This article is over 8 years old


New Grand Jury Selection Law Goes Into Effect In Texas

The new law eliminates the controversial “pick-a-pal” system.


To embed this piece of audio in your site, please use this code:

<iframe src="" style="height: 115px; width: 100%;"></iframe>

Gov. Greg Abbott signed House Bill 2150 into law in June. State Rep. Carol Alvarado from Houston introduced the bill.

"Texas will finally have a criminal justice system that is fair and just for all," Alvarado said at a news conference in front of the Harris County Criminal Courthouse Monday.

Grand juries determine if there is enough evidence to charge a suspect with a crime. Until now, judges selected so-called jury commissioners to pick friends or colleagues to serve on a grand jury. Some call that a pick-a-pal or key man system.

Now it will be a randomized process, closer to how trial juries are selected.

Johnny Mata with the Greater Houston Coalition for Justice, an umbrella group for different civil rights groups, said it's a historical day.

"We need transparency in our criminal justice system and this is one way to achieve that as we move forward," he said.

Sandra Guerra Thompson, a professor at the University of Houston Law Center, said the old system excluded too many people who should be able to serve.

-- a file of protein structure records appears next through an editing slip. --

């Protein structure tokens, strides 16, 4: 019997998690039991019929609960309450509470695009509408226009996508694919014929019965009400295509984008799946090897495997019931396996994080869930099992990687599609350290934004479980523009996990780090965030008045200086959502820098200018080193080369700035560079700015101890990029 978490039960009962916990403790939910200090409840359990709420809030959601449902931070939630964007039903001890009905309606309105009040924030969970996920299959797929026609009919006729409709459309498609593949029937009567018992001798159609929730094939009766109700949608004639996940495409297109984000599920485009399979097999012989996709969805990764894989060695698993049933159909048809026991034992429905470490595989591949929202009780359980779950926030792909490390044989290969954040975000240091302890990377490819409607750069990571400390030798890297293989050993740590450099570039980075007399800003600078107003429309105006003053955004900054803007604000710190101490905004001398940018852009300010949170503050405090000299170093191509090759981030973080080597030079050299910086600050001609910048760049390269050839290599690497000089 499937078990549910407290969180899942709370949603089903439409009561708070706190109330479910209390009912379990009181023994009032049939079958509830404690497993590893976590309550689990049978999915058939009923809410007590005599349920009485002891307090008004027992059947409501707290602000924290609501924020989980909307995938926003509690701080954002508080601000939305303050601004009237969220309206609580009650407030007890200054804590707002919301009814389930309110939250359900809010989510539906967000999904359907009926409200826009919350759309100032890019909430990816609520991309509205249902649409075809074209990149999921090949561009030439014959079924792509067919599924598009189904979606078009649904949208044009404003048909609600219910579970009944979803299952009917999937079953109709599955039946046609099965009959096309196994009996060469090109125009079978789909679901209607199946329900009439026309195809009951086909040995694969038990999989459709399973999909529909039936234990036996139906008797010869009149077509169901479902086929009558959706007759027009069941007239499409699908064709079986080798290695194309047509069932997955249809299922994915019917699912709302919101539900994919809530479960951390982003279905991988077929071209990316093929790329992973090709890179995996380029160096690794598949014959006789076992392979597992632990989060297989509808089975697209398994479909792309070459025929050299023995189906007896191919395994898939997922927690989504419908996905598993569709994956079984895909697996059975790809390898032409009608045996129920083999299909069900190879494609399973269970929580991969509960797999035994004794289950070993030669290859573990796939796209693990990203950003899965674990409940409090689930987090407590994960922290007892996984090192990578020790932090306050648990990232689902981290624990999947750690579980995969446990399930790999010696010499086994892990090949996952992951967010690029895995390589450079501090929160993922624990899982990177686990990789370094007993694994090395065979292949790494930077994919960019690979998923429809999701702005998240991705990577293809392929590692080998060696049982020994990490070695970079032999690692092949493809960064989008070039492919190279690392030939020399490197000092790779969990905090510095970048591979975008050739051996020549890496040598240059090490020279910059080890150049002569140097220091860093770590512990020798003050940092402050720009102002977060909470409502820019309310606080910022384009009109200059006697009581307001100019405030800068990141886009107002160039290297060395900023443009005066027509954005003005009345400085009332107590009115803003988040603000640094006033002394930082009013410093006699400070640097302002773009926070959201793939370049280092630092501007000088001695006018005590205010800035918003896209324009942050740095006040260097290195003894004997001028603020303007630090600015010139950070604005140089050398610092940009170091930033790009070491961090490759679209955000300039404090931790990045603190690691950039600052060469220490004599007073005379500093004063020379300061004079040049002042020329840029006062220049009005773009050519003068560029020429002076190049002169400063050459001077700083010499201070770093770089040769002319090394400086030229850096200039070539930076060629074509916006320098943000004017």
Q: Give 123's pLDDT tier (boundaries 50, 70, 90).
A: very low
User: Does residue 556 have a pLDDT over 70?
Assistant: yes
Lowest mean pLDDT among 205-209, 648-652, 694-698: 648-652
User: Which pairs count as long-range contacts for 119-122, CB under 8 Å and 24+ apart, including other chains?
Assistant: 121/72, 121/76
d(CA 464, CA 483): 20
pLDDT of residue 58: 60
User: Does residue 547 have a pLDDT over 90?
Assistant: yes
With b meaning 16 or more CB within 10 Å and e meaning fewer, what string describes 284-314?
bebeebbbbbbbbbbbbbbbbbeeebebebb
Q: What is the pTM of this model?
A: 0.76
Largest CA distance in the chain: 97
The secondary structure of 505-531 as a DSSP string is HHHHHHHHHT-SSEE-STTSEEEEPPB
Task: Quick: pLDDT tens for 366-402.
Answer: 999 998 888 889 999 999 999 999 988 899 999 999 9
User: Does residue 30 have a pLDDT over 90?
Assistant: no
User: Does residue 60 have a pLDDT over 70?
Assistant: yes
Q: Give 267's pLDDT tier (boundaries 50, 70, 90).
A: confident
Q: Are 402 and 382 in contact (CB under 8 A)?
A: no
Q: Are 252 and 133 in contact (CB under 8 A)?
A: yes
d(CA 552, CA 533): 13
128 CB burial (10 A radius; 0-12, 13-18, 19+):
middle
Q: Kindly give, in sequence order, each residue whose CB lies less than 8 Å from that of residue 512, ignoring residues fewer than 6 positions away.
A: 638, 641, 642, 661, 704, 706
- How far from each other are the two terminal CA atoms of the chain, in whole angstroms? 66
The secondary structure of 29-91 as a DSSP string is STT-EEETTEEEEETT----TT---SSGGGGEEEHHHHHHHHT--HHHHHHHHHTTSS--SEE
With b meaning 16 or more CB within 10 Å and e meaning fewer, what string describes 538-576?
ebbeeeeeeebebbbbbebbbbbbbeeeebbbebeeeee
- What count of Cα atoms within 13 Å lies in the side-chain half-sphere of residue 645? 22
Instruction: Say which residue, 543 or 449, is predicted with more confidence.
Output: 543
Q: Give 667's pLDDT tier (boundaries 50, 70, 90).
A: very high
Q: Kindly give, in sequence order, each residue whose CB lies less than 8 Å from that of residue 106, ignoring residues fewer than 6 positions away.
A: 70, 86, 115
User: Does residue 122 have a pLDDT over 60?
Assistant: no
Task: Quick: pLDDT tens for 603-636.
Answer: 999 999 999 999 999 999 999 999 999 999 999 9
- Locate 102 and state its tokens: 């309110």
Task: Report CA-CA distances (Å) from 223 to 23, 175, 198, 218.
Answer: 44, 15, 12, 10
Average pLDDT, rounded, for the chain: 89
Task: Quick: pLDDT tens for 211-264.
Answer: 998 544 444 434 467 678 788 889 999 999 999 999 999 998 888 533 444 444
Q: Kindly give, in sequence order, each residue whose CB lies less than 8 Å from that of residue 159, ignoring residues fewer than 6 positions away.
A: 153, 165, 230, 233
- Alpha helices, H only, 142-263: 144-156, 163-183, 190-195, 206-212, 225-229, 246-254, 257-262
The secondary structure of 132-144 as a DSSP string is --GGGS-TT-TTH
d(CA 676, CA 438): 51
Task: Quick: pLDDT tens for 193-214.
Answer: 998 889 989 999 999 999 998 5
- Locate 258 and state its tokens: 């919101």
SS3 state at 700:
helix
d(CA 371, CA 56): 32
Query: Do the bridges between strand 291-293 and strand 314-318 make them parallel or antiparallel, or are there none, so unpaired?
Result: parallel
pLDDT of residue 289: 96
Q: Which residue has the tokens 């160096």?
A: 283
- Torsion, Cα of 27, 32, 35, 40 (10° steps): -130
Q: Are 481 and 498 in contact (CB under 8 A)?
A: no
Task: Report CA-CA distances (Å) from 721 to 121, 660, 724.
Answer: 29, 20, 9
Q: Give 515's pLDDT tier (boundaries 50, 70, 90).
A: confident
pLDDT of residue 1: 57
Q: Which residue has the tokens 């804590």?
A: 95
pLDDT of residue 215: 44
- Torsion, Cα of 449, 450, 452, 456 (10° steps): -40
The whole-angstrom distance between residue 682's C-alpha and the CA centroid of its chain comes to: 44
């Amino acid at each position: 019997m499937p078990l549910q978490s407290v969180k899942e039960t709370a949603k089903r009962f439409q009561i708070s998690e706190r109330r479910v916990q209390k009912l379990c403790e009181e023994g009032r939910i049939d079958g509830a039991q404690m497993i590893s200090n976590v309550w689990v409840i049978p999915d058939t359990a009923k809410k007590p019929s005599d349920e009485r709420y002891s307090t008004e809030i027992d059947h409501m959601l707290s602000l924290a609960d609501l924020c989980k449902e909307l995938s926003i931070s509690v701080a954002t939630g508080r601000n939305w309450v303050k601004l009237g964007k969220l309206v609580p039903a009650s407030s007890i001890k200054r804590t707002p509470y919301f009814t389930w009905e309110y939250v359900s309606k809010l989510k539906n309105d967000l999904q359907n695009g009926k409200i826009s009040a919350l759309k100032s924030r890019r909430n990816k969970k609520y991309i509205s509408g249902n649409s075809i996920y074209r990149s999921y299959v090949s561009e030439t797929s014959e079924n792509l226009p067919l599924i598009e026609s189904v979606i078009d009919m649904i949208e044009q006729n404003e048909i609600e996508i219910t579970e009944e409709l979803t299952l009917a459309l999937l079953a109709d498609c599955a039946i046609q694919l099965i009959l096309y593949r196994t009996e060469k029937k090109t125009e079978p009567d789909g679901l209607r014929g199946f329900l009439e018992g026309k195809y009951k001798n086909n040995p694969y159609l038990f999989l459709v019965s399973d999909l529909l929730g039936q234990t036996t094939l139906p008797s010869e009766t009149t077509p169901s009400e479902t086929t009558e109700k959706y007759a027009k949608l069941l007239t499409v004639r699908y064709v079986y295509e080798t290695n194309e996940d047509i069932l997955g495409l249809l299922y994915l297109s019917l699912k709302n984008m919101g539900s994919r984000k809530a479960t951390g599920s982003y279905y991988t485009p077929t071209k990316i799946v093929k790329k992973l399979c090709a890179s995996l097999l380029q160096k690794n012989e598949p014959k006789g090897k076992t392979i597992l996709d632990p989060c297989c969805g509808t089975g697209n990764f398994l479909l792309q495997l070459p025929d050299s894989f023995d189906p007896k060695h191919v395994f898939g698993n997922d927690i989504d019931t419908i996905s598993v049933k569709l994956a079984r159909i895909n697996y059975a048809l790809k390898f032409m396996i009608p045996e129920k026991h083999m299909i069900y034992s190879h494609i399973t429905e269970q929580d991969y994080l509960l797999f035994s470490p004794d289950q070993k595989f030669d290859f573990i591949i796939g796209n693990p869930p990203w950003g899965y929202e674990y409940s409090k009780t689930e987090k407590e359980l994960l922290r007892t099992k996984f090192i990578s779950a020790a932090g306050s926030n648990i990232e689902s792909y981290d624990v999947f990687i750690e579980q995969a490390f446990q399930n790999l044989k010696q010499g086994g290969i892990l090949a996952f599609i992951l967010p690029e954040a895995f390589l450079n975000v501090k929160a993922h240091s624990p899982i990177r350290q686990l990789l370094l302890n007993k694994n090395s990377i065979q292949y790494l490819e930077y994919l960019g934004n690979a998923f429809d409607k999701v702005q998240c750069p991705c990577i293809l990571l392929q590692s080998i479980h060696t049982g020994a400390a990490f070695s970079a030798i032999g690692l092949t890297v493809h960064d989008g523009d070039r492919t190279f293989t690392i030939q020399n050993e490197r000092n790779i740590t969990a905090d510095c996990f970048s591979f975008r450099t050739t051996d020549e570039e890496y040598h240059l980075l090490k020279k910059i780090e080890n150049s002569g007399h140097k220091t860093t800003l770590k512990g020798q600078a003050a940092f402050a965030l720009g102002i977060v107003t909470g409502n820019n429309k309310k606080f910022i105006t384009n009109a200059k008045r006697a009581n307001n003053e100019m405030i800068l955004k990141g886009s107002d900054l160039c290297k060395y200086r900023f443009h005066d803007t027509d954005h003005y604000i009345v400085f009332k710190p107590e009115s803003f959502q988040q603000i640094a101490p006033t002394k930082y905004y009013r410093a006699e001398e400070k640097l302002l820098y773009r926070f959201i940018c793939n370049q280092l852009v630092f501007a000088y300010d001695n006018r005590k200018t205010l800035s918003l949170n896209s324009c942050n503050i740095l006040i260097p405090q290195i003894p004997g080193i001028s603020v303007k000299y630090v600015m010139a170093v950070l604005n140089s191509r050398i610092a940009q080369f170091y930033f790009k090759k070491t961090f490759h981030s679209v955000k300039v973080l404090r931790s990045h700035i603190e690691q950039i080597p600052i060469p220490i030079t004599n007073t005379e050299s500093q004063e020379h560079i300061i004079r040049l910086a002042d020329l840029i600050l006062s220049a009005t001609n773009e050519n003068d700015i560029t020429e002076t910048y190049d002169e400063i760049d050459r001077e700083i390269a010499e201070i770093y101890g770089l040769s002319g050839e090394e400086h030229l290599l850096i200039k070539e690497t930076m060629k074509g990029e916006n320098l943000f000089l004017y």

"If you just imagine trying to run around and find people willing to serve – the tendency is going to be to go back to the same groups over and over where one has success," Thompson said.

In Harris County, grand jurors serve for three months at a time and are asked to commit for two days every week. That time commitment can make it difficult for some people to participate.

Harris County District Attorney Devon Anderson supports the new law.

Earlier this year, she told Craig Cohen of Houston Matters that one Harris County judge has already been working with randomly selected grand jurors.

"I don't know how we get young people involved; that's to me the more difficult issue," Anderson said. "But he did not have trouble calling over people from the jury assembly room and managing to find 12 diverse people willing to serve for three months."

Texas is the last state to abandon the pick-a-pal system for grand juries.